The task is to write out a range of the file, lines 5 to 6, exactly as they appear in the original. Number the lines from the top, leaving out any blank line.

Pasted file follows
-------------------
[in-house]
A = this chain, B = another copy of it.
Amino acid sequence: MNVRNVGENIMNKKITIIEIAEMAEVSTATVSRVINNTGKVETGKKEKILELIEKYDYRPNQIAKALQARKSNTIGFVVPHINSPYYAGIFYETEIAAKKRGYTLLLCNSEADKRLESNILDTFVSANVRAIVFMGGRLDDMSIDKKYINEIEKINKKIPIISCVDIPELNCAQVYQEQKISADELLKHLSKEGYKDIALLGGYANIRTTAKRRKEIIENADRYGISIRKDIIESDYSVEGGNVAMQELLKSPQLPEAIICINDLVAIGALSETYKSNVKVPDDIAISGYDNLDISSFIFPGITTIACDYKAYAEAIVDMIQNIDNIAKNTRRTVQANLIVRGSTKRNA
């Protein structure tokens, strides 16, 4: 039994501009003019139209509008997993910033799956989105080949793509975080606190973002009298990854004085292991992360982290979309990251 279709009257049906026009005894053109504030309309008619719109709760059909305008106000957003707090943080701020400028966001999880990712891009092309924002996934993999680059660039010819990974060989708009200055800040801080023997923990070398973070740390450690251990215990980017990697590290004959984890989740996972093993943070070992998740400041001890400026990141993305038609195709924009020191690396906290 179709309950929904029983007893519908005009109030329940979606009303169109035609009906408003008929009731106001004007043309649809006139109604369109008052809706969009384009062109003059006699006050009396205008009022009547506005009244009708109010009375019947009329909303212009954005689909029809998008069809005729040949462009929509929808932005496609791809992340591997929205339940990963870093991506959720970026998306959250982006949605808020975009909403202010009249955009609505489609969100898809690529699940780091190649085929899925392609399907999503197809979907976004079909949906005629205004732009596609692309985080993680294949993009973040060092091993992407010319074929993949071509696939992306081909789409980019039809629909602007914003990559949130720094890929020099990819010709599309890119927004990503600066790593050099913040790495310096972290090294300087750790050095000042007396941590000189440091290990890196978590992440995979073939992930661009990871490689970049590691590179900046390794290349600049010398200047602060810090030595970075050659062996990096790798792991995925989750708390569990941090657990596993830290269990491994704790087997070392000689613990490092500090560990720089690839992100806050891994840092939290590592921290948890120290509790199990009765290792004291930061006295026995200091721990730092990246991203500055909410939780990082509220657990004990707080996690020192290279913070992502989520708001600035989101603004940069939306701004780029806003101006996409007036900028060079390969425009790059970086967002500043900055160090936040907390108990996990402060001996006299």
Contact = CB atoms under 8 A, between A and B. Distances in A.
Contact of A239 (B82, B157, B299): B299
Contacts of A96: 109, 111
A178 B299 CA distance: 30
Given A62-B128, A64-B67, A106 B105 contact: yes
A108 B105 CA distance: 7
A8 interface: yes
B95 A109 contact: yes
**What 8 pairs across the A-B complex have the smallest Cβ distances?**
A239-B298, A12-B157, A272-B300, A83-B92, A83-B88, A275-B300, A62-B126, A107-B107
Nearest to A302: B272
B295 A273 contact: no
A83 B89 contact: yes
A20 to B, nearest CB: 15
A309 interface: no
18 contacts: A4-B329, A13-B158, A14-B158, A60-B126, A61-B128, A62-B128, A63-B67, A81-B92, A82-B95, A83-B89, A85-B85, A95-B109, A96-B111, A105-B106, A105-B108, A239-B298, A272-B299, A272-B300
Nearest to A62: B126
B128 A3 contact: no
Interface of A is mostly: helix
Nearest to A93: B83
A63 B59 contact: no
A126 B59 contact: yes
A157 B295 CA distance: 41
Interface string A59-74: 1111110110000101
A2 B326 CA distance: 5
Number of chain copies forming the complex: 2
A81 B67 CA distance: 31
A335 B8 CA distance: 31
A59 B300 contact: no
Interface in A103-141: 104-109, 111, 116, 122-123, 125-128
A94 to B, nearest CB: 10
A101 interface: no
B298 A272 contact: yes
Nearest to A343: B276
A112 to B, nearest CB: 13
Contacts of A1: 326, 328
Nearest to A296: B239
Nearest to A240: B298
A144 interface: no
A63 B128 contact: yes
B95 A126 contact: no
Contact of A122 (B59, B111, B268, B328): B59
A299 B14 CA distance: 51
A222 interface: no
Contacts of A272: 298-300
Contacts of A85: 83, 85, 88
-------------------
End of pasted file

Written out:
Contact = CB atoms under 8 A, between A and B. Distances in A.
Contact of A239 (B82, B157, B299): B299